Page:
New Delhi: Terror strikes in Delhi and Mumbai blotted the copy book of the internal security establishment which could otherwise boast of considerably lower levels of violence in the sensitive Jammu and Kashmir and Northeast during 2011.
   
The Maoist challenge and the yet unsuccessful attempts to persuade Pakistan in bringing to book the perpetrators of 26/11 Mumbai attack kept the Home Ministry on its toes in the year that is coming to a close.
   
The Ministry, under P Chidambaram, who assumed its reins in the aftermath of Mumbai 2008 attack, could make no headway in the Telangana issue which kept Andhra Pradesh tense.
   
Two bigwigs of the Maoist movement -- Cherukuri Rajkumar alias Azad and Koteswar Rao alias Kishenji -- were killed in separate encounters over which civil rights activists sought to pillory the Central government.
   
In the elimination of Kishenji, the CRPF had played a crucial role while the killing of Azad was mainly handiwork of Andhra Pradesh Police, both of which created controversy.
   
The year also saw filing of charge sheet against Pakistani-American terrorist David Headley, Lashkar founder Hafiz Saeed and two ISI officers for plotting terror attacks in India including the 26/11 strikes.
   
The Maoists violence continued unabated in 2011 with more than 500 people, including 120 security personnel, killed in 1,500 attacks carried out by Naxals in worst affected Chhattisgarh, Jharkhand, Orissa, Bihar, West Bengal and Maharashtra.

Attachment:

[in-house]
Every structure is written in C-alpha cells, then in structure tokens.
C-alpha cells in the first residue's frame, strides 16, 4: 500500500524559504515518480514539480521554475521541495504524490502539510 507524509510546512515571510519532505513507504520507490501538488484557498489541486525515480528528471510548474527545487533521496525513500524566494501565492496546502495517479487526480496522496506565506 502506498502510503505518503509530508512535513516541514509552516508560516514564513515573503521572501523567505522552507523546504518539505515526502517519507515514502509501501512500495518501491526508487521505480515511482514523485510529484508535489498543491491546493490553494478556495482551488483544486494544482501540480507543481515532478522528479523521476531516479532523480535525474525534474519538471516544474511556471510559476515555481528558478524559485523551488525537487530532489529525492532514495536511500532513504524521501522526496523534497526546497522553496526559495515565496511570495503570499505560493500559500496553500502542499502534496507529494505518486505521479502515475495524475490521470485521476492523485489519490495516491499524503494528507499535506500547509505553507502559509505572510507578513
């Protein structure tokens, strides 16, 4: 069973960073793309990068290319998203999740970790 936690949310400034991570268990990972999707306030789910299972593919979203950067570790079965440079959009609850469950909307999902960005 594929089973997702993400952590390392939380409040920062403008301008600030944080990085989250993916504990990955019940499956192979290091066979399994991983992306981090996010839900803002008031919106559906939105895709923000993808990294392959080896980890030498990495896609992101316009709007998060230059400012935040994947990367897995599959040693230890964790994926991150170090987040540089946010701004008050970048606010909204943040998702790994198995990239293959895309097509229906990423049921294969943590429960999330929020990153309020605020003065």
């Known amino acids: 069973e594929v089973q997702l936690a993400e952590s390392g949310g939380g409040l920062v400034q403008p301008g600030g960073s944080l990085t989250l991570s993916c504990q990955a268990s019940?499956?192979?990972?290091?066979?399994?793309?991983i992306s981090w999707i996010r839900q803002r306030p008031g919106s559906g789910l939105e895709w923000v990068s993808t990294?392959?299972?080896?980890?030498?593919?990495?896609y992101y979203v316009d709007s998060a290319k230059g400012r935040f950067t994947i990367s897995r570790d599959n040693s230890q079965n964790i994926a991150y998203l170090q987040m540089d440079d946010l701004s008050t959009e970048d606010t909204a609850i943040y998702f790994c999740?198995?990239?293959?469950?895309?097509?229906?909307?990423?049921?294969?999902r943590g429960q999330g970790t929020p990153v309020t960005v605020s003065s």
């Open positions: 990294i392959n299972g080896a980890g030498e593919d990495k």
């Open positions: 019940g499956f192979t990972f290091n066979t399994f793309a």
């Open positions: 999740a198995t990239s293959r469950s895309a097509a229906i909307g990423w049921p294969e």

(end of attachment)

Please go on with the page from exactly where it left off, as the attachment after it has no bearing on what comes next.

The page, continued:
Two blasts outside the Delhi High Court, one of which claimed around 18 lives, and multiple blasts in Mumbai, that claimed 27 lives, brought back dark clouds of terror over the national capital as well as the financial capital.
   
Investigators have not been able to crack either of the case, proving country's vulnerability and terrorists' ability to strike at will.
   
Despite India's efforts, Pakistan has not brought the perpetrators of 26/11 attack to justice. Chidambaram's blunt talk with his Pakistani counterpart Rehman Malik and then Home Secretary Gopal K Pillai's tough message to his counterpart during bilateral meetings have gone into the deaf ears of Islamabad.
   
Pakistan is said to be harbouring terrorists with a large number of terror infrastructure continue to run smoothly across the Line of Control (LoC).
   
According to a Home Ministry estimate around 2,500 heavily trained terrorists are taking shelter in these camps and waiting for opportunities to enter India.
   
The agitation for a separate Telangana state saw many high-voltage drama in Andhra Pradesh. However, four parties -- ruling Congress, TDP, MIM and YSR Congress -- are yet to make up their mind resulting in delay in convening an all party meeting by the Centre.
   
On the other hand, the Uttar Pradesh Assembly last month passed a resolution seeking division of the state into four parts -- Awadh Pradesh, Poorvanchal, Budelkhand and Pachim Pradesh. However, the Mayawati government's proposal was returned by the Home Ministry asking the state government to clarify on certain issues.

(Agencies)